The world of a bull rider is tough. It’s a sport in which a person attempts to stay perched atop an angry, hulking bovine for eight very long seconds. Although practiced in other countries, the version typically seen in the United States is extra brutal and has been called “the most dangerous eight seconds in sports.” Now meet a bull rider who made a name for himself in this crazy activity: Texan Myrtis Dightman.
Myrtis Dightman was born in Crockett, Texas on May 7, 1935. He began bull riding in 1960, after receiving encouragement from local mentors. Despite being frequently turned away from motels and restaurants, enduring insults and prejudice, and not being allowed to ride until crowds had left the area due to his race, Dightman proved his skills time and time again. Not only did he become the first African American cowboy to go to the National Rodeo Finals, but he did it six times. In 1997, Dightman became the first living African American cowboy inducted into the National Cowboy Hall of Fame in Oklahoma, the Texas Cowboy Hall of Fame, the Professional Bull Riders Ring of Honor, and the National Cowboys of Color Museum and Hall of Fame. In May 2011, the city of Crockett unveiled a bust of Dightman, which remains proudly set in front of the Porth Agricultural Arena.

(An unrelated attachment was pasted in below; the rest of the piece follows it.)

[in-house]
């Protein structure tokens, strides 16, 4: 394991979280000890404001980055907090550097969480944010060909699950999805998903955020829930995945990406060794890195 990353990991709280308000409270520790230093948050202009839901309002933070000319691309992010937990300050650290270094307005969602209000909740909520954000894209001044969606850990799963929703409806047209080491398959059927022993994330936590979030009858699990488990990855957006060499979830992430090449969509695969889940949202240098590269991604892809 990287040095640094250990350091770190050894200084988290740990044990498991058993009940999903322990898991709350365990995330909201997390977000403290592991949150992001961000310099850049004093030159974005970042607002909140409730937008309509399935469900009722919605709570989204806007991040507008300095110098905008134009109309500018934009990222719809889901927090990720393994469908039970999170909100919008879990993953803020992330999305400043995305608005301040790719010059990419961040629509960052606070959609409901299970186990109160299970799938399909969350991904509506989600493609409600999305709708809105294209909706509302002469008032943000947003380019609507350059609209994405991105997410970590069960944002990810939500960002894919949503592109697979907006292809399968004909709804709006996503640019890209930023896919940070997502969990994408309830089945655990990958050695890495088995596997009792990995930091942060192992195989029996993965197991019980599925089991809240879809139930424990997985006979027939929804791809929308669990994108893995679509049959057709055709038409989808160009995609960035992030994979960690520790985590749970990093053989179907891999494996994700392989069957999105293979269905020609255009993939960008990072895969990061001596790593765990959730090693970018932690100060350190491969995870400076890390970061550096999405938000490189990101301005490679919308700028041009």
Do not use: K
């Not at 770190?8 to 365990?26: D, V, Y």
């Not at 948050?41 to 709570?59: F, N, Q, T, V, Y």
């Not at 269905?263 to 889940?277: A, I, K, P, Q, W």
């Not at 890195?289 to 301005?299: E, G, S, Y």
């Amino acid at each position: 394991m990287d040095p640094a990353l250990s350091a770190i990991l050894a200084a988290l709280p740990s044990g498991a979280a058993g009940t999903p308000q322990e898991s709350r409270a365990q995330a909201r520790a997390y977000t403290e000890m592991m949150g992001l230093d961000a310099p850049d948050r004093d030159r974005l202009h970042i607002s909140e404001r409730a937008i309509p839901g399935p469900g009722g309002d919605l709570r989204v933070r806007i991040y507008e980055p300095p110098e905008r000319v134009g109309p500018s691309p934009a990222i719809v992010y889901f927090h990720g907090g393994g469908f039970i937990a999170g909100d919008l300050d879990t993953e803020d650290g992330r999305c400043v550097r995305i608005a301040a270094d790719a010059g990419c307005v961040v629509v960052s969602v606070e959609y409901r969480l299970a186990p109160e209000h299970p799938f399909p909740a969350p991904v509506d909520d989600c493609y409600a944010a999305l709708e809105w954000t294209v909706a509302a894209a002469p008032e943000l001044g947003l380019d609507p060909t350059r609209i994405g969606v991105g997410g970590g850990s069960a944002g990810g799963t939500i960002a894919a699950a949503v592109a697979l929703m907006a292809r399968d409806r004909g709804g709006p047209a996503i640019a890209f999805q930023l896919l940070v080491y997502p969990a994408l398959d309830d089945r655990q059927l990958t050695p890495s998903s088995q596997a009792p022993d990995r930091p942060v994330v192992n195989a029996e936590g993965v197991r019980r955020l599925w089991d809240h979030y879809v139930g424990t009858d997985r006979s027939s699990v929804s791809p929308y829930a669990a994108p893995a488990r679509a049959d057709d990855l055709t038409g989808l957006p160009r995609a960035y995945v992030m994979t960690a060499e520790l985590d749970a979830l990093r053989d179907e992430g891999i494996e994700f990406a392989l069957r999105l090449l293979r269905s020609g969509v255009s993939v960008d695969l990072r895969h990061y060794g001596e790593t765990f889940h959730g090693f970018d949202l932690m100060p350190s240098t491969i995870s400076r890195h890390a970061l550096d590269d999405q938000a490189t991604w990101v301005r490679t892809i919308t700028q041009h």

Photo: @bsd_louisiana via Twenty20
The 1982 Professional Rodeo Cowboys Association (PRCA) World Champion bull rider Charlie Sampson was inspired by Dightman. Sampson was inducted into the ProRodeo Hall of Fame in 1996, and he’s the first African American cowboy to win a World Title in professional rodeo. Today’s new stars are Texan Ezekiel Mitchell and Oregon native Najiah Knight. Who is your favorite bull rider, either active or retired? Texas has an impressive history of rodeo participants and lovers, almost everyone has a story to tell!